White Blanket (1) (The)

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X:1 T:White Blanket [1], The M:4/4 L:1/8 Z:Lorna LaVerne K:G Major (3ABc |dFFE FGAF | EF (3ABc d3B |cBAF E2FA | B2Bc B2AB | cBAF ECEF | A2AB A2 (3ABc |dFFE FGAF | EF (3ABc d3B | cBAF E2FA | B2Bc B2AB |cBAF ECEF | A2AB AAce | f2fe fgaf | ec (3ABc d3B |cBAF E2FA | B2Bc B2AB | cBAF ECEF | A2AB AAce |f2fe fgaf | ec (3ABc d3B | cBAF E2FA | B2Bc B2AB |cBAF ECEF | A2AB A2 |]



WHITE BLANKET [1], THE (An Súisín Bán). AKA - "White Cushion (The)," "White Flail (The)." AKA - "Súisín bán (An)." Irish, Long or Set Dance (2/4 or 4/4 time). G Major (Mulvihill, O'Neill, Roche, Tubridy, Vallely, Williamson): A Major. Standard tuning (fiddle). One part (O'Neill/1001, Williamson): AABB (Mulvihill, O'Neill, Roche, Tubridy, Vallely). "The White Blanket" (An Súisín Bán) is the name of both a contemporary and traditional set dance in Ireland. The set dance is derived from the air of the same name (for which see O'Farrell's "Cooleen Bawn AKA O'Neill's Maid without Dower (The)"). The title is sometimes known in Englished Gaelic as "The Suisheen Bawn." Musically, it begins on the subdominant chord and for those versions with separate parts, the 'A' and 'B' parts are not the same lengths, as is not uncommon in set dances. However, there are many and diverse variants of the melody. An early instrumental version of the melody appears John and William Neales' Collection of the Most Celebrated Irish Tunes (Dublin, 1726), the first real collection of Irish folk music (Ó Canainn, 1978).

Paul de Grae points out O'Neill's settings in Music of Ireland (1903) and Dance Music of Ireland (1907) are not the same. In the former, source Edward Cronin altered the first strain of the tune from its usual six bar length to eight bars, while the second has twelve bars, "being basically the second part of the air repeated, with a linking phrase between the repeats. This setting does not seem to have gained widespread popularity, as the tune is still played today with a six-bar part (with and without repeats)"[1]. The setting in Dance Music of Ireland reverts back to the older format.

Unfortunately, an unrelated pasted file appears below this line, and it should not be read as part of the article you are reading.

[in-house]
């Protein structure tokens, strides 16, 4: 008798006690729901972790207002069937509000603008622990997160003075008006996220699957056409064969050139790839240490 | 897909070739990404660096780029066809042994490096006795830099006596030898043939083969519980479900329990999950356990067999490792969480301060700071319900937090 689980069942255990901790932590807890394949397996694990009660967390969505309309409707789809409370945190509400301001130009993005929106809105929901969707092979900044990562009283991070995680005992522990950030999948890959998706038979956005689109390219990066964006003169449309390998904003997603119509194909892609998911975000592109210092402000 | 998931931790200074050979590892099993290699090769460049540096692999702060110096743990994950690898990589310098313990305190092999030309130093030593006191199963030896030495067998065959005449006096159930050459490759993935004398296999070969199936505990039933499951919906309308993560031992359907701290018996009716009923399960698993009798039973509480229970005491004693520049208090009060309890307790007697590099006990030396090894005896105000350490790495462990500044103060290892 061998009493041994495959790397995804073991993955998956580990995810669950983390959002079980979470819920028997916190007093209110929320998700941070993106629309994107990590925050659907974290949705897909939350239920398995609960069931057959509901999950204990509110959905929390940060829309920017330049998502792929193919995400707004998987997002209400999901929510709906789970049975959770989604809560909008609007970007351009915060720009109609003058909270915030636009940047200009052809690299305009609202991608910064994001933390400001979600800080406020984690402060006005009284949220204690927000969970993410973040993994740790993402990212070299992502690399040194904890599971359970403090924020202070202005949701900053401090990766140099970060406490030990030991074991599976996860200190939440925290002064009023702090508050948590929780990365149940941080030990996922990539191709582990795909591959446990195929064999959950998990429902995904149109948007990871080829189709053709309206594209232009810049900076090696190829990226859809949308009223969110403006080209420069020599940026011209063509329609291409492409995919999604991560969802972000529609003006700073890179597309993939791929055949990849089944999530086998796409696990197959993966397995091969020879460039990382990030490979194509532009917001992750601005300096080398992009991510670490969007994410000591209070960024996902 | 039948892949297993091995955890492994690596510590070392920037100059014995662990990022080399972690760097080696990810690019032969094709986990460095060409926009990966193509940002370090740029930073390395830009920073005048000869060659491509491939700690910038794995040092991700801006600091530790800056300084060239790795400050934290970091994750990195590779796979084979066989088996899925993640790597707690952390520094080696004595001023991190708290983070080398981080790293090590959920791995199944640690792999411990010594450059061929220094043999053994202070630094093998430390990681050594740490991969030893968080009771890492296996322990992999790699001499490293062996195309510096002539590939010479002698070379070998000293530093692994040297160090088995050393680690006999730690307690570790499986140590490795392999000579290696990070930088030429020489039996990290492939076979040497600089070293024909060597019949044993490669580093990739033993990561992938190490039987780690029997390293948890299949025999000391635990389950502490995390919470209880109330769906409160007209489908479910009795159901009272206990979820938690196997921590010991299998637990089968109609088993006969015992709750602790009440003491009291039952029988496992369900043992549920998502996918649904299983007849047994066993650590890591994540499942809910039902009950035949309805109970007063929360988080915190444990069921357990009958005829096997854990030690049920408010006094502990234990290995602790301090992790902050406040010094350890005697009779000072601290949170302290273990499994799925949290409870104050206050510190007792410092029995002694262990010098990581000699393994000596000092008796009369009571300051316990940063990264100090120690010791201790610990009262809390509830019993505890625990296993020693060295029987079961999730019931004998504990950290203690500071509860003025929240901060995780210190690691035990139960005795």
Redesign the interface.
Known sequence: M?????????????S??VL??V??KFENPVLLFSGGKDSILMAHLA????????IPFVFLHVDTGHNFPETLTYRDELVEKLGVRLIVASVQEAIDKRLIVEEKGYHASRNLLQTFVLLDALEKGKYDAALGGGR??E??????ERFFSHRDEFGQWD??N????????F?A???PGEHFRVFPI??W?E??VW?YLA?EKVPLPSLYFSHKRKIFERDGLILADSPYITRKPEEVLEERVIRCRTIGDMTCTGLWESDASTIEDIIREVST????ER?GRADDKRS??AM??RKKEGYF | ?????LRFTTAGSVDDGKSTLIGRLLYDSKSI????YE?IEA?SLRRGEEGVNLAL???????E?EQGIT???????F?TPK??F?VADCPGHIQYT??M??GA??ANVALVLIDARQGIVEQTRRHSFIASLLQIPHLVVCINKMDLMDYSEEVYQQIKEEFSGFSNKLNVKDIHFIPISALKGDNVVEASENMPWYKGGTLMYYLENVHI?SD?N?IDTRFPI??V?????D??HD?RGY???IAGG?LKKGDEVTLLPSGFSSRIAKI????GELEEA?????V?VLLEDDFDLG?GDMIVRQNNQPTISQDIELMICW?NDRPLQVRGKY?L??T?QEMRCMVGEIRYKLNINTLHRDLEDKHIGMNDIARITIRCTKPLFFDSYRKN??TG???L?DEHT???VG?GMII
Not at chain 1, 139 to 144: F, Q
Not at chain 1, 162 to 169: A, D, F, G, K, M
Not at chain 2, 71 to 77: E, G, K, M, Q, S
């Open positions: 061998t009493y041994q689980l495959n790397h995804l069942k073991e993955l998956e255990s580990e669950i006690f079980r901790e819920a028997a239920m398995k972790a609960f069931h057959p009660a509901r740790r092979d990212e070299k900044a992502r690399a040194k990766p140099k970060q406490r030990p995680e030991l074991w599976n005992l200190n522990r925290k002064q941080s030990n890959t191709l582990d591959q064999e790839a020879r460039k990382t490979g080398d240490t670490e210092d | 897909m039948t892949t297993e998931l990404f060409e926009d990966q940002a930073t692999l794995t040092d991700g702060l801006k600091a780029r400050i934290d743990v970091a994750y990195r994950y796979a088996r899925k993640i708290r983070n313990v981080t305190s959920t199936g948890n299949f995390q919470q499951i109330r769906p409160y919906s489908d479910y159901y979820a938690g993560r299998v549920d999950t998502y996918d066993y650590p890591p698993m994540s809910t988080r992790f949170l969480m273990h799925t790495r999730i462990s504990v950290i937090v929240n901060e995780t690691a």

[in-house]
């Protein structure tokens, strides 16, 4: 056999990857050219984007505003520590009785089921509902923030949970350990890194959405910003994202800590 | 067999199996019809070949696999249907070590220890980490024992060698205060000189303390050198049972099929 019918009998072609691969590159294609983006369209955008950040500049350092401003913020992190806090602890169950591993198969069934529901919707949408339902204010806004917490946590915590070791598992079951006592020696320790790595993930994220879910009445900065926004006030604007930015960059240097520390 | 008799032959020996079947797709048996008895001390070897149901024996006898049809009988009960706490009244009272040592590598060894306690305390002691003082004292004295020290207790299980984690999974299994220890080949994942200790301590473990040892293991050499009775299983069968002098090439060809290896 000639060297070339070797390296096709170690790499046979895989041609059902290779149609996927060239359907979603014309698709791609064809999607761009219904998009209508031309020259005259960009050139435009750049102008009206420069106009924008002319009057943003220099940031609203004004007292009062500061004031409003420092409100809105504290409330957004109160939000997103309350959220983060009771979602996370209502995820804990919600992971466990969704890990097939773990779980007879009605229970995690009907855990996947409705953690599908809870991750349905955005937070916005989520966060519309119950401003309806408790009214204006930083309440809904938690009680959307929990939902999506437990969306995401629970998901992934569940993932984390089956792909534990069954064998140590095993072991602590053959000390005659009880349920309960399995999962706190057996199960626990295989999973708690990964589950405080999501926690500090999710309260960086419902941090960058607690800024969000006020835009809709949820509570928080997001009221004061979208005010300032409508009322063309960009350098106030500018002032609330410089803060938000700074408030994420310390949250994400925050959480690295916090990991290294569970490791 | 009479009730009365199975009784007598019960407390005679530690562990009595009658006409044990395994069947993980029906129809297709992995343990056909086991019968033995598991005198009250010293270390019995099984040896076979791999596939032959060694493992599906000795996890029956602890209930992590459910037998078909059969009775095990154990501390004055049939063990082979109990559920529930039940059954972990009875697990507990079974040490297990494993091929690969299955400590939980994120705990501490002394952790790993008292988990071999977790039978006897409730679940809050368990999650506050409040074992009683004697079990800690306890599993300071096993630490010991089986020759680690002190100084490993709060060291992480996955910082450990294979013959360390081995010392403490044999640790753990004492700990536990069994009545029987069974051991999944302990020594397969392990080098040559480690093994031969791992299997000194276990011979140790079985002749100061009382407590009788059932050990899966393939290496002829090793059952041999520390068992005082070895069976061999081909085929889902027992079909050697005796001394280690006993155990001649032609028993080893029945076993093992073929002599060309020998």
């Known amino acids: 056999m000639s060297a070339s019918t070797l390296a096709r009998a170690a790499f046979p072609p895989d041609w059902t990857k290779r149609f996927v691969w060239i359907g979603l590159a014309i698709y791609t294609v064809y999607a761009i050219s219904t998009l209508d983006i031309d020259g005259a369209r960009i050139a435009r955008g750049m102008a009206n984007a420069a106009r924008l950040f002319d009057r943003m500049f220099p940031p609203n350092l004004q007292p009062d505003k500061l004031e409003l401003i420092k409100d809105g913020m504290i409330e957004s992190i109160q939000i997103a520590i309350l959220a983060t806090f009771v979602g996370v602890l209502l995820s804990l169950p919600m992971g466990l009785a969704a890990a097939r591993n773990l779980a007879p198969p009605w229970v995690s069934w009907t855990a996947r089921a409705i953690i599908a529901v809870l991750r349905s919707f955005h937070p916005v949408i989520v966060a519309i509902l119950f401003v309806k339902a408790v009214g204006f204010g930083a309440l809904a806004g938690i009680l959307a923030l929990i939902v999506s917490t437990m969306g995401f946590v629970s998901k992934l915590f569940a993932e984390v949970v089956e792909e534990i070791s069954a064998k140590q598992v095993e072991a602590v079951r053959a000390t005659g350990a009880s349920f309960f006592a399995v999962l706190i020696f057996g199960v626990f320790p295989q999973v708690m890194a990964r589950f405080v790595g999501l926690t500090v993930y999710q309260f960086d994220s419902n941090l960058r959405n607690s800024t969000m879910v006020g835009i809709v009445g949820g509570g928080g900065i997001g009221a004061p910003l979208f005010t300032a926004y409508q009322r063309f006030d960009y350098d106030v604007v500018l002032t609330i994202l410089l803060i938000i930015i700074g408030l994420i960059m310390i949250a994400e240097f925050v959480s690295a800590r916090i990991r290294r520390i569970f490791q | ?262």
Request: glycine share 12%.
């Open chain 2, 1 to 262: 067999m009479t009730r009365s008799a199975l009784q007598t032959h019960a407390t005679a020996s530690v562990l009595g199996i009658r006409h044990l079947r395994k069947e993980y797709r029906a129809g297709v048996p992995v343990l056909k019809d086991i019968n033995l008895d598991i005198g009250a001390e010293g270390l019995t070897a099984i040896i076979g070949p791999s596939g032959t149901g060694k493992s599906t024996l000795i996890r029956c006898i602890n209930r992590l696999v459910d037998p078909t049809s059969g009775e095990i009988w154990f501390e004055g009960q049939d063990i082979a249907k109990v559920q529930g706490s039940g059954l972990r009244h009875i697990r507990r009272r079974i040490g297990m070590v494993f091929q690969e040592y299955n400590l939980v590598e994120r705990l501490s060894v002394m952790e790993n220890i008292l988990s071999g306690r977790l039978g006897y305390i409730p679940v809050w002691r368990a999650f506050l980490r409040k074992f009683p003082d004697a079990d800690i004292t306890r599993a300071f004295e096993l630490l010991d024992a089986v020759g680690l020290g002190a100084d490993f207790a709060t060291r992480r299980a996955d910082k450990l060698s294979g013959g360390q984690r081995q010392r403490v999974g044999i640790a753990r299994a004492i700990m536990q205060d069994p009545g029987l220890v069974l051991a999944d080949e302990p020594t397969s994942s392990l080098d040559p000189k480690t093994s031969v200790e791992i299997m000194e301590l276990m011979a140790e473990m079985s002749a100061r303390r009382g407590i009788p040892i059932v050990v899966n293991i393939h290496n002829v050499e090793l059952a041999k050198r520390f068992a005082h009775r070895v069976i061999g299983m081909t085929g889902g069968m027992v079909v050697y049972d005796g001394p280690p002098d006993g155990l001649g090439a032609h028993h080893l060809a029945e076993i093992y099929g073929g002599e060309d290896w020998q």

“An Súisíin Bán” is also a sean-nós song that appears in Hyde’s Love Songs of Connaught (1893). Dr. Douglas Hyde (1860-1949) of Castlerea, County Roscommon was a scholar, a founder of the modern Irish theatre, and one of the seven co-founders of the Gaelic League. He was elected its first president, and later, in 1938 was unanimously acclaimed Ireland’s first president.

Belfast collector Edward Bunting's air "White Blanket (3) (The)" may be a related tune.


Additional notes
Source for notated version : - Fiddler Edward Cronin [O'Neill].

Printed sources : - Cotter (Traditional Irish Tin Whistle Tutor), 1989; 92. Mulvihill (1st Collection), 1986; No. 10, p. 111. O'Neill (Krassen), 1976; p. 223. O'Neill (Music of Ireland: 1850 Melodies), 1903; No. 1794, p. 335. O'Neill (Dance Music of Ireland: 1001 Gems), 1907; No. 981, p. 168. Roche (Collection of Traditional Irish Music, vol. 2), 1912; No. 273, p. 30. Tubridy (Irish Traditional Music, Book Two), 1999; p. 15. Vallely (Learn to Play the Fiddle with Armagh Pipers Club), 197?; No. 30, p. 29. Williamson (English, Welsh, Scottish and Irish Fiddle Tunes), 1976; p. 79.

Recorded sources : - Cló Iar Chonnachta CICD 165, John Wynne & John McEvoy – “Pride of the West” (2007). Gael-Linn CEF 020, Tommy Delaney & May Keogh - "Rince: An Dara Ceim" (1968). RCA 09026-60916-2, The Chieftains - "An Irish Evening" (1991). Shanachie 79024, “Chieftains 4” (1973). Shanachie 79024, "Chieftains 4" (1973). Learned by Uilleann piper Paddy Moloney from Junior Crehan at the funeral of Irish piping great Willie Clancy {Alun Owen}). Gearóid O hAllmhuráin - "Traditional Music From Clare and Beyond" (appears as “An Cuisin Ban”).

See also listing at :
Jane Keefer’s Folk Music Index: An Index to Recorded Sources [1]
Alan Ng’s Irishtune.info [2]



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  1. Paul de Grae, "Notes on Sources of Tunes in the O'Neill Collections", 2017 [3].
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